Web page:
August 29, 2013

Continuing Discussions Down Under

I've been engaged in a sometimes interesting, sometimes slightly frustrating, Internet conversation on Peter Carrell's blog. It's on the usual topic, same-sex marriage, and I became involved because one of the commenters there alleged as how he had refuted my "trenchant argument" in Reasonable and Holy concerning the necessity of procreation for marriage. His response involved an appeal to the subjunctive, noting that an infertile mixed-sex couple would be capable of procreation if they were capable of procreation, while a same-sex couple would be in a different class. As I noted in my response, this does not actually address the issue of whether procreation is essential to marriage, but only restates that there is a difference between same- and mixed-sex couples, a fact which, on the ground of the participants, no one I know of contests. "Virtual procreation" is essentially meaningless both on logical and moral grounds, and returning the discussion to the relative sex of the couple is circular argument. Even Dr Radner gets into the discussion at one point, and I welcome the opportunity for further conversation with him.

The conversation then quickly moved on to what I regard as some rather thin but fulsomely expressed arguments alleging some kind of likeness between a mixed-sex married couple and the Persons of the Trinity, but I found these suggestions to be confusing if not erroneous (as to Trinitarian doctrine.) Again, no one is arguing that there isn't a difference between a same- and a mixed-sex couple as far as the relative sexes of each couple is concerned. The point of debate is whether this difference constitutes a reason to restrict marriage to mixed-sex couples. It seems that "being able to be analogized to the Trinity" is not a requirement. It is really not ultimately a possibility as the Trinity is not fully analogous to anything in the created order.

As far as the "difference" in the Trinity goes, my argument is that any individual is "different" from (or as the English say, "to") any other; that the difference between the Father and the Son is relational, not substantial (to be technical, a difference in hypostasis, not ousia, in which each is personally distinct by relationship yet each is by nature "God") just as the difference between spouses — as spouses — is relational (a spouse is a spouse by virtue of relation to the other spouse, yet still complete in themselves as individual persons each of whom is by nature fully "human") and that this is the case regardless of the gender of the spouses.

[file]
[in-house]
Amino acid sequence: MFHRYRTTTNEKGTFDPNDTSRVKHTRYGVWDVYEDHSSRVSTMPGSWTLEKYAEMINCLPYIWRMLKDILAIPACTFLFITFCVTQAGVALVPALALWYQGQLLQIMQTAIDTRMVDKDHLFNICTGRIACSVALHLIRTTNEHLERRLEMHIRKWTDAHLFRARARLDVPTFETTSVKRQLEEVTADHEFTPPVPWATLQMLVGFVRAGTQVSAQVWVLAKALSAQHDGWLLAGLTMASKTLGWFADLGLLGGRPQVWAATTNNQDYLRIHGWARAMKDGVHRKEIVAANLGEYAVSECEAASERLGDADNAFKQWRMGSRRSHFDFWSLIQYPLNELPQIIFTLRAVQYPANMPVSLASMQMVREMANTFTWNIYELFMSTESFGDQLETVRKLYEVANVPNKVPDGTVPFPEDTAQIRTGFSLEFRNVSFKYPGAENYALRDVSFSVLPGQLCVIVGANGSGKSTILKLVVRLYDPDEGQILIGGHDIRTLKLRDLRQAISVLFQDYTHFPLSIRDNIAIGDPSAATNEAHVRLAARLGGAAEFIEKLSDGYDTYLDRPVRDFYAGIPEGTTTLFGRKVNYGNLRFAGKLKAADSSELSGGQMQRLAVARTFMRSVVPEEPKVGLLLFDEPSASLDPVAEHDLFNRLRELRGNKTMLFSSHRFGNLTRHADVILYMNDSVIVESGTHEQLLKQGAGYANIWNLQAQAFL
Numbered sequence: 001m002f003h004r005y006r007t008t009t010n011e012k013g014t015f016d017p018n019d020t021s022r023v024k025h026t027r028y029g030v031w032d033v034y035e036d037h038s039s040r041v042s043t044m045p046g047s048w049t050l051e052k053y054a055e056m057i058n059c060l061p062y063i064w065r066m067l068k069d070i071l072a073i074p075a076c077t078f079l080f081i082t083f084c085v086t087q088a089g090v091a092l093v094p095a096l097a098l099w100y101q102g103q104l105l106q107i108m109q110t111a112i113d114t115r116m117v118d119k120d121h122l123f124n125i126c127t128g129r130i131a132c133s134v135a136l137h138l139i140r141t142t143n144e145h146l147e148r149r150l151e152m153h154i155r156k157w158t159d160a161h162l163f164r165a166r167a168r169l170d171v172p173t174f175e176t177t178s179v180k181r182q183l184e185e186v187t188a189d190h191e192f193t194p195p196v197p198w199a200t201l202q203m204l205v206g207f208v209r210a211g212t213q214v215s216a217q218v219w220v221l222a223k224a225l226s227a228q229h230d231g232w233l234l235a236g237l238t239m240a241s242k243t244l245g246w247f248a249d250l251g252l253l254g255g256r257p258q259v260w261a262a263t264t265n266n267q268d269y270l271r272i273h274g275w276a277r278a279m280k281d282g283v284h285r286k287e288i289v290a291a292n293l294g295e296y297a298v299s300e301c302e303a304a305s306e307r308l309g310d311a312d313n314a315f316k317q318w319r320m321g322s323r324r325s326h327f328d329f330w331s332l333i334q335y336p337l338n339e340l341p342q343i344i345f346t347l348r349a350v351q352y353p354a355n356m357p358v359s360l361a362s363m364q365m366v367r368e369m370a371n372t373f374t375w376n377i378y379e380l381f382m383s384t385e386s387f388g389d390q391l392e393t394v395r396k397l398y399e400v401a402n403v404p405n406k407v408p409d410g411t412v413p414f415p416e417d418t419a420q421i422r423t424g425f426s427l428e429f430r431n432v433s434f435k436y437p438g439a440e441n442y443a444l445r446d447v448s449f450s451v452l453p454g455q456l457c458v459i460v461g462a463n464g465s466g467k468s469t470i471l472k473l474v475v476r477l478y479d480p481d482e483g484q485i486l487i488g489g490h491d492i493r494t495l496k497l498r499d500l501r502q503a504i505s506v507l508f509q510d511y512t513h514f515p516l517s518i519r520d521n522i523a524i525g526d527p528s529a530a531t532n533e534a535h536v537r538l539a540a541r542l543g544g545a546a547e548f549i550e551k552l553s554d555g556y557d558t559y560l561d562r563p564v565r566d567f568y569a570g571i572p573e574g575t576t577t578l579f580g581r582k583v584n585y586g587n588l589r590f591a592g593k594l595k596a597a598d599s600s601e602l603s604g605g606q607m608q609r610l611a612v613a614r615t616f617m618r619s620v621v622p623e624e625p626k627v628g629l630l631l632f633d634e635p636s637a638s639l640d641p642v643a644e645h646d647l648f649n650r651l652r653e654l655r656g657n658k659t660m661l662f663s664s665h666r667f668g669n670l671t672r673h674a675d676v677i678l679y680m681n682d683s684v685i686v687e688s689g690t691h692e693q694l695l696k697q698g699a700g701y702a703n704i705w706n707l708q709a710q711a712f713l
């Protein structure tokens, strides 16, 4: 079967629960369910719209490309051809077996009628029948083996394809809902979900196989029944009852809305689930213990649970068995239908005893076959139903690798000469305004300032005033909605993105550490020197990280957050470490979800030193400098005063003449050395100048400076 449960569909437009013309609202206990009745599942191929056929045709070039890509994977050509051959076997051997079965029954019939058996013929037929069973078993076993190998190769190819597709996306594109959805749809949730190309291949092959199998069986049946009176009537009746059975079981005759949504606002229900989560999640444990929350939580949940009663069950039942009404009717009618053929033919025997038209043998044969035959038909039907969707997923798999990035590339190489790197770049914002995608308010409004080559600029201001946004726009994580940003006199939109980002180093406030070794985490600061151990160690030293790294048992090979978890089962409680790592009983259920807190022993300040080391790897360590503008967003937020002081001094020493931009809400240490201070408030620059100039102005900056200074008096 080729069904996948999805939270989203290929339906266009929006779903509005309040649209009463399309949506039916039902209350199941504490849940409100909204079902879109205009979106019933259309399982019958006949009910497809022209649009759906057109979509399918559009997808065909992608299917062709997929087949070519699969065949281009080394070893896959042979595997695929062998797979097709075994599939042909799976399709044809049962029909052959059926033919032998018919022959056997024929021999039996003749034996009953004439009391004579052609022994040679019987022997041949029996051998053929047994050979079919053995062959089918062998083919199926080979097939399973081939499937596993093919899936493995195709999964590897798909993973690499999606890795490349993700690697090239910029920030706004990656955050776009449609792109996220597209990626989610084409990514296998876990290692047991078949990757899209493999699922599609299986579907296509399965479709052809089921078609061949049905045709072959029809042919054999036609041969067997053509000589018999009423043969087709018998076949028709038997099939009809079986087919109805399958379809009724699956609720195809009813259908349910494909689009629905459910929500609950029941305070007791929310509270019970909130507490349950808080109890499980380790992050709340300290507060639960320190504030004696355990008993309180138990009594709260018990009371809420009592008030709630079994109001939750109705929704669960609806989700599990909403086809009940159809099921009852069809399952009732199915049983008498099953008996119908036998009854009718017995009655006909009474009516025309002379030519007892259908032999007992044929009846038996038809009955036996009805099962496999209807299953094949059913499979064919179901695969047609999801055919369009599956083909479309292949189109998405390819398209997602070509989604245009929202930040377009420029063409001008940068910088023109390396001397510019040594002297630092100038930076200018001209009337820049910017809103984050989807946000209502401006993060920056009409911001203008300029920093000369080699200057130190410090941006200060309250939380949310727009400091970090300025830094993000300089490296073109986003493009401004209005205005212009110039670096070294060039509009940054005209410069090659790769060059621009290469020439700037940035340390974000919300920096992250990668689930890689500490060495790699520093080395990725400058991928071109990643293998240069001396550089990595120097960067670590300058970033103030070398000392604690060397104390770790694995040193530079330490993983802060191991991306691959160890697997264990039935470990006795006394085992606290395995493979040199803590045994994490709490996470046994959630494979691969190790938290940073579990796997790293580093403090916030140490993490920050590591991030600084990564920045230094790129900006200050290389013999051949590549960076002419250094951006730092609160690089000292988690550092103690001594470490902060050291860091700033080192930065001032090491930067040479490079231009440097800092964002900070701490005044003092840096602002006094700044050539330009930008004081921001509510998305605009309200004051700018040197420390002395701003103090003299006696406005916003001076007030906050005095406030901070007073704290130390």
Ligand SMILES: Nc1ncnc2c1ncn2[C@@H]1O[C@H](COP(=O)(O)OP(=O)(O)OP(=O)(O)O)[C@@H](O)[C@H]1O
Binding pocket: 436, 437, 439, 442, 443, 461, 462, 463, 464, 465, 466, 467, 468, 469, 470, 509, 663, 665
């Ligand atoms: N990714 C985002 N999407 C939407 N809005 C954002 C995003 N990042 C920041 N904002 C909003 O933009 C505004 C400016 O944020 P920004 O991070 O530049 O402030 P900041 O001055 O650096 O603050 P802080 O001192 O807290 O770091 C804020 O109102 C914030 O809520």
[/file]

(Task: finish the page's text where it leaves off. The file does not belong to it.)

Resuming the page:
There are a number of other side-streams and assertions in the conversation, including a brief foray into the thesis that the original human was an androgyne split in two (as in Plato's Symposium), but as I note that view does not hold up to a close reading of Genesis 1-3 or how the text was used in the NT references to it.

I commend the whole conversation to those with the patience to wade through it. I hope it provides more light than heat. I continue these conversations largely because they reassure me that I'm headed in the right direction. As I've said before, it isn't for me to convince the prosecution, but the jury.

Tobias Stanislas Haller BSG

7 comments:

Erika Baker said...

I'm intrigued by your last sentence.
Who is the jury?
If we take the polity of individual national churches as the baseline, then the jury is the body of those who eventually vote on a change in official policy regarding lgbt relationships.

To that extent, we have to convince enough persecutors to end up with a friendly jury.

I think that process is well under way, the anti arguments are getting flimsier and flimsier and ever more abstruse.
The majority of people can no longer follow them but can detect the homophobia that underpins them.

Tobias Haller said...

Erika, to my mind the "jury" is the vast bulk of church members, who do not share the negative views of many in the "leadership" -- a fact about which apparently the Archbishop of Canterbury is now finally aware.